[extropy-chat] Ian Plimer: Global warming a damp squib

Damien Broderick thespike at satx.rr.com
Thu Jan 5 00:17:41 UTC 2006



HEAT, bushfires. Just another Australian summer, some hotter, some wetter, 
some cooler, some drier. As per usual, the northern hemisphere freezes and 
the blame game is in overdrive. At the 2005 UN Climate Change Conference in 
Montreal, Greenpeace's Steven Guilbeault stated: "Global warming can mean 
colder, it can mean drier, it can mean wetter, that's what we're dealing with."

It is that simple! If it's hot, it's global warming; if it's cold, it's 
global warming. Demonstrators in frigid temperatures in Montreal chanted: 
"It's hot in here! There's too much carbon in the atmosphere!" The same 
apocalyptic Guilbeault says: "Time is running out to deal with climate 
change. Ten years ago, we thought we had a lot of time, five years ago we 
thought we had a lot of time, but now science is telling us that we don't 
have a lot of time." Really.

In 1992, Greenpeace's Henry Kendall gave us the Chicken Little quote, "Time 
is running out"; in 1994, The Irish Times tried to frighten the leprechauns 
with "Time running out for action on global warming, Greenpeace claims"; 
and in 1997 Chris Rose of Greenpeace maintained the religious mantra with 
"Time is running out for the climate". We've heard such failed 
catastrophist predictions before. The Club of Rome on resources, Paul 
Erlich on population, Y2K, and now Greenpeace on global warming.

During the past 30 years, the US economy grew by 50 per cent, car numbers 
grew by 143 per cent, energy consumption grew by 45 per cent and air 
pollutants declined by 29 per cent, toxic emissions by 48.5 per cent, 
sulphur dioxide levels by 65.3 per cent and airborne lead by 97.3 per cent. 
Most European signatories to the Kyoto Protocol had greenhouse gas 
emissions increase since 2001, whereas in the US emissions fell by nearly 
1per cent. Furthermore, carbon credits rewarded Russia, (east) Germany and 
Britain, which had technically and economically backward energy production 
in 1990.

By the end of this century, the demographically doomed French, Italians and 
Spaniards may have too few environmentalists to fund Greenpeace's business. 
So what really does Greenpeace want? A habitable environment with no humans 
left to inhabit it? Destruction of the major economies for .07C change?

Does it matter if sea level rises a few metres or global temperatures rise 
a few degrees? No. Sea level changes by up to 400m, atmospheric 
temperatures by about 20C, carbon dioxide can vary from 20 per cent to 0.03 
per cent, and our dynamic planet just keeps evolving. Greenpeace, contrary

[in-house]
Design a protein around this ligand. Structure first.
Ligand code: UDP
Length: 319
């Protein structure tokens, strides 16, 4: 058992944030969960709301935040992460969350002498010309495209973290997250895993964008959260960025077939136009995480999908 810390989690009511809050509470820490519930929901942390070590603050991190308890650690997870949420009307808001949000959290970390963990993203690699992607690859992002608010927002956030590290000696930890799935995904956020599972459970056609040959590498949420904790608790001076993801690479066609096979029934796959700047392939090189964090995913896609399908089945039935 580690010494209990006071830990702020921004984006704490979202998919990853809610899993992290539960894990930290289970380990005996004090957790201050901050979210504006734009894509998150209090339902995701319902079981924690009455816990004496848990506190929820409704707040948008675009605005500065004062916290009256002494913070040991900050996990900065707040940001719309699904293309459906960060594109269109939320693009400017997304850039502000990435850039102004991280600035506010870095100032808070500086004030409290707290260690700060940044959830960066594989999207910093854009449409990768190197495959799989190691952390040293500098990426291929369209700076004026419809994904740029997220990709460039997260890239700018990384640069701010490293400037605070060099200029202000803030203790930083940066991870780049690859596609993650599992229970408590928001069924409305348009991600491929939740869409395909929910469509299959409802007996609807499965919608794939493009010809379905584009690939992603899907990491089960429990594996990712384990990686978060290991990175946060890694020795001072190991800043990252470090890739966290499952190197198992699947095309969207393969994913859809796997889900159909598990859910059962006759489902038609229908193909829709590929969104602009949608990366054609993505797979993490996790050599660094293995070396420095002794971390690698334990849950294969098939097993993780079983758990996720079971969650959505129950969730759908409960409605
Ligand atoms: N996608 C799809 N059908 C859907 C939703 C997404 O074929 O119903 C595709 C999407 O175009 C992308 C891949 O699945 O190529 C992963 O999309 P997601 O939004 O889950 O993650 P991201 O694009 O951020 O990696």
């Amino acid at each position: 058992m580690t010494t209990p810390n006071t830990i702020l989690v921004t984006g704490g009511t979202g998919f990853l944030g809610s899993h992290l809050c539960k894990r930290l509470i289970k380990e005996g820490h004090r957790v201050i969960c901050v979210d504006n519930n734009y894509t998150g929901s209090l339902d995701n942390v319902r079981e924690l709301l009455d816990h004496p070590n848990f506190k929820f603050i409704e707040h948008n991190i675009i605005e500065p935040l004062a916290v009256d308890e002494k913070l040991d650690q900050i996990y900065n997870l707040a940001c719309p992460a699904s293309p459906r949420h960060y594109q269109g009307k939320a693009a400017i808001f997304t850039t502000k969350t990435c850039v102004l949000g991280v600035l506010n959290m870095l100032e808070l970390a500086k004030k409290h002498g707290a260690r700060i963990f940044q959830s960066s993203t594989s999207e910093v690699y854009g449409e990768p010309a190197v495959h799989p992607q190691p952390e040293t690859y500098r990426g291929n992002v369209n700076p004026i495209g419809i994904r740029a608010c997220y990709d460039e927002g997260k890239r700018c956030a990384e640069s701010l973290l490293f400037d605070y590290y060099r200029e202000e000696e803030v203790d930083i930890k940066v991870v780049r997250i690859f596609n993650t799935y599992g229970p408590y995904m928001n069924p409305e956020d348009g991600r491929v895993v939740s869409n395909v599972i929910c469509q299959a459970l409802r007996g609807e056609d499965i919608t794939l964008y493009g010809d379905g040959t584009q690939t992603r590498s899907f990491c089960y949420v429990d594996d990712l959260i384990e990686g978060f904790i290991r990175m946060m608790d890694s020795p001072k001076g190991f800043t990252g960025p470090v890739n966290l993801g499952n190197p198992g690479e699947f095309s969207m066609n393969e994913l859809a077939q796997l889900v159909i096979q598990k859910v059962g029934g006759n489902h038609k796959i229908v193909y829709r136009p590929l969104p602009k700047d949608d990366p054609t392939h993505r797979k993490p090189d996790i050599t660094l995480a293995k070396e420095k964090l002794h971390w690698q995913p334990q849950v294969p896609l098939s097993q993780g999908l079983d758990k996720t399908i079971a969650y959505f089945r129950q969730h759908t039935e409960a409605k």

to scientific data, implies a static planet. Even if the sea level rises by 
metres, it is probably cheaper to address this change than reconstruct the 
world's economies.

For about 80 per cent of the time since its formation, Earth has been a 
warm, wet, greenhouse planet with no icecaps. When Earth had icecaps, the 
climate was far more variable, disease depopulated human settlements and 
extinction rates of other complex organisms were higher. Thriving of life 
and economic strength occurs during warm times. Could Greenpeace please 
explain why there was a pre-Industrial Revolution global warming from AD900 
to 1300? Why was the sea level higher 6000 years ago than it is at present? 
Which part of the 120m sea-level rise over the past 15,000 years is 
human-induced? To attribute a multicomponent, variable natural process such 
as climate change to human-induced carbon emissions is pseudo-science.

There is no debate about climate change, only dogma and misinformation. For 
example, is there a link between hurricanes Katrina and Rita and global 
warming? Two hurricanes hit the US Gulf Coast six weeks apart in 1915, 
mimicking Katrina and Rita. If global warming caused recent storms, there 
should have been more hurricanes in the Pacific and Indian oceans since 
1995. Instead, there has been a slight decrease at a time when China and 
India have increased greenhouse gas emissions. The impact of hurricanes 
might seem more severe because of the blanket instantaneous news coverage 
and because more people now live in hurricane-prone areas, hence there is 
more property damage and loss of life.

Only a strong economy can produce the well fed who have the luxury of 
espousing with religious fervour their uncosted, impractical, impoverishing 
policies. By such policies, Greenpeace continues to exacerbate grinding 
poverty in the Third World. The planet's best friend is human 
resourcefulness with a supportive, strong economy and reduced release of 
toxins. The greenhouse gases - nitrous oxide, carbon dioxide and methane - 
have been recycled for billions of years without the intervention of human 

Ian Plimer is a professor of geology at the University of Adelaide and 
former head of the school of earth sciences at the University of Melbourne.

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